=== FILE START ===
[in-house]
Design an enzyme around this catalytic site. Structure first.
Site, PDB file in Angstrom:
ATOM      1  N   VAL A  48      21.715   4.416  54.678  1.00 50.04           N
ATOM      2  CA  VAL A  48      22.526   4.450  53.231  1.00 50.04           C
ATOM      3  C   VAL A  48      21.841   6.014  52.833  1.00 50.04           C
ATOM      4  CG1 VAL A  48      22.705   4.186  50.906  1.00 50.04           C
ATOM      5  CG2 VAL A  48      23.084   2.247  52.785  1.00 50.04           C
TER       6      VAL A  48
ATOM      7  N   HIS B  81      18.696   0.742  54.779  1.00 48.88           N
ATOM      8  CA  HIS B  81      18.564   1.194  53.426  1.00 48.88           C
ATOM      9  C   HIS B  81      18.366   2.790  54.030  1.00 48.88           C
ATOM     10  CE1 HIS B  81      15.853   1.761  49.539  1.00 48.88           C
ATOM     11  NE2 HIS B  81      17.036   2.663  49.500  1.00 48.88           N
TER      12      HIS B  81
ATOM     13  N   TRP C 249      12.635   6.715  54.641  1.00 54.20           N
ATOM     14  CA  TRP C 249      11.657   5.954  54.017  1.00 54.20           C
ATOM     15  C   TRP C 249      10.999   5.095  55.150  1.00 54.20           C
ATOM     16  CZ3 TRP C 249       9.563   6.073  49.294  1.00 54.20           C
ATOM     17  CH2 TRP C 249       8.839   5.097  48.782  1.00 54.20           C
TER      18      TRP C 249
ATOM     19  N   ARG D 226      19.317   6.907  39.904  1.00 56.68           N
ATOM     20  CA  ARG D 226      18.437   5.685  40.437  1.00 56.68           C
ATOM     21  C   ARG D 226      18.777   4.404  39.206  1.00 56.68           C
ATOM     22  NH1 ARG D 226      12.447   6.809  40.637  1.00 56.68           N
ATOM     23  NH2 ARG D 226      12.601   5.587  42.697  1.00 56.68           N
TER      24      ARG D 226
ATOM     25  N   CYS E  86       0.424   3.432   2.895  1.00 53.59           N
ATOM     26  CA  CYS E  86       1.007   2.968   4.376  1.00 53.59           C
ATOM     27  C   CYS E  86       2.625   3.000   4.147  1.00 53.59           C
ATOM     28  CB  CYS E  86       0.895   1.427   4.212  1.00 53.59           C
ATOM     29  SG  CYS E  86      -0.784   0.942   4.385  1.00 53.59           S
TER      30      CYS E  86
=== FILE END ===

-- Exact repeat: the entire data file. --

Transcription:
[in-house]
Design an enzyme around this catalytic site. Structure first.
Site, PDB file in Angstrom:
ATOM      1  N   VAL A  48      21.715   4.416  54.678  1.00 50.04           N
ATOM      2  CA  VAL A  48      22.526   4.450  53.231  1.00 50.04           C
ATOM      3  C   VAL A  48      21.841   6.014  52.833  1.00 50.04           C
ATOM      4  CG1 VAL A  48      22.705   4.186  50.906  1.00 50.04           C
ATOM      5  CG2 VAL A  48      23.084   2.247  52.785  1.00 50.04           C
TER       6      VAL A  48
ATOM      7  N   HIS B  81      18.696   0.742  54.779  1.00 48.88           N
ATOM      8  CA  HIS B  81      18.564   1.194  53.426  1.00 48.88           C
ATOM      9  C   HIS B  81      18.366   2.790  54.030  1.00 48.88           C
ATOM     10  CE1 HIS B  81      15.853   1.761  49.539  1.00 48.88           C
ATOM     11  NE2 HIS B  81      17.036   2.663  49.500  1.00 48.88           N
TER      12      HIS B  81
ATOM     13  N   TRP C 249      12.635   6.715  54.641  1.00 54.20           N
ATOM     14  CA  TRP C 249      11.657   5.954  54.017  1.00 54.20           C
ATOM     15  C   TRP C 249      10.999   5.095  55.150  1.00 54.20           C
ATOM     16  CZ3 TRP C 249       9.563   6.073  49.294  1.00 54.20           C
ATOM     17  CH2 TRP C 249       8.839   5.097  48.782  1.00 54.20           C
TER      18      TRP C 249
ATOM     19  N   ARG D 226      19.317   6.907  39.904  1.00 56.68           N
ATOM     20  CA  ARG D 226      18.437   5.685  40.437  1.00 56.68           C
ATOM     21  C   ARG D 226      18.777   4.404  39.206  1.00 56.68           C
ATOM     22  NH1 ARG D 226      12.447   6.809  40.637  1.00 56.68           N
ATOM     23  NH2 ARG D 226      12.601   5.587  42.697  1.00 56.68           N
TER      24      ARG D 226
ATOM     25  N   CYS E  86       0.424   3.432   2.895  1.00 53.59           N
ATOM     26  CA  CYS E  86       1.007   2.968   4.376  1.00 53.59           C
ATOM     27  C   CYS E  86       2.625   3.000   4.147  1.00 53.59           C
ATOM     28  CB  CYS E  86       0.895   1.427   4.212  1.00 53.59           C
ATOM     29  SG  CYS E  86      -0.784   0.942   4.385  1.00 53.59           S
TER      30      CYS E  86